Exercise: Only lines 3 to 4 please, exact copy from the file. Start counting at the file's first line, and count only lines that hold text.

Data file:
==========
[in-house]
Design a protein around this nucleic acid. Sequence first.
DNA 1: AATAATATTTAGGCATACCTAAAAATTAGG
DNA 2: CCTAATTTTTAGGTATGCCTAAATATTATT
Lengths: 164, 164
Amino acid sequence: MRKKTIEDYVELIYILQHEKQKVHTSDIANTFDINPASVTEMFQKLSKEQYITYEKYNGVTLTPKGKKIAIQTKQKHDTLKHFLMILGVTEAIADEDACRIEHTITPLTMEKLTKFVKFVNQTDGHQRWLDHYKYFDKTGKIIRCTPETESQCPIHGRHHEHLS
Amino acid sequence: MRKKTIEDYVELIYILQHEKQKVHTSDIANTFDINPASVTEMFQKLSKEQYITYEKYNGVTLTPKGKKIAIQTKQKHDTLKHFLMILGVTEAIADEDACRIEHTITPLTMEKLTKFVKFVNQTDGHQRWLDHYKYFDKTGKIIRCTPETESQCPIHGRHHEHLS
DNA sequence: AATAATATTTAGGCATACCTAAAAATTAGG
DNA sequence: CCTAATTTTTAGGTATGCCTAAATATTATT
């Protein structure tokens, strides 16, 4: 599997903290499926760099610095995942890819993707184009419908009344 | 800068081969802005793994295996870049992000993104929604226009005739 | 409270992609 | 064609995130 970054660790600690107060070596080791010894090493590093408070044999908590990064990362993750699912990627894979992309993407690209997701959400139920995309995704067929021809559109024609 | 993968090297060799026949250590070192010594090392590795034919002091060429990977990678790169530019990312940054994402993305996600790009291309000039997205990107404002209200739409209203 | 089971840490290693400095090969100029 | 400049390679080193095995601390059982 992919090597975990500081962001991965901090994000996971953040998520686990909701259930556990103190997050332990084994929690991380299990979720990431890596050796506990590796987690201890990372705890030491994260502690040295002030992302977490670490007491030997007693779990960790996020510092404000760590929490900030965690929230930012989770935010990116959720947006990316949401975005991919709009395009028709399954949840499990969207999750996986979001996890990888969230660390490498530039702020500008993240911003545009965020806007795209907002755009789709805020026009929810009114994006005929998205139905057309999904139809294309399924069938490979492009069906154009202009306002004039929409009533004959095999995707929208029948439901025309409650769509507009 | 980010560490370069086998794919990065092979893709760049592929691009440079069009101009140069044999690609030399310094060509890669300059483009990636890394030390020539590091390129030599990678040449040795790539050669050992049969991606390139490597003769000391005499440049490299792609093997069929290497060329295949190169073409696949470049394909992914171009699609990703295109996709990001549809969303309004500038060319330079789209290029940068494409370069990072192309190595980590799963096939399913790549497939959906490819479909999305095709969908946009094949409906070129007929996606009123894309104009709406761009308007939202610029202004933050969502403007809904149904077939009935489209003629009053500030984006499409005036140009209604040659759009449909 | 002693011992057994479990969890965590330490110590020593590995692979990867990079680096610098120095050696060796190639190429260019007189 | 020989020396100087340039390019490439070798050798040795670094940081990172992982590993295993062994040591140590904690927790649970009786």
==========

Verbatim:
DNA 1: AATAATATTTAGGCATACCTAAAAATTAGG
DNA 2: CCTAATTTTTAGGTATGCCTAAATATTATT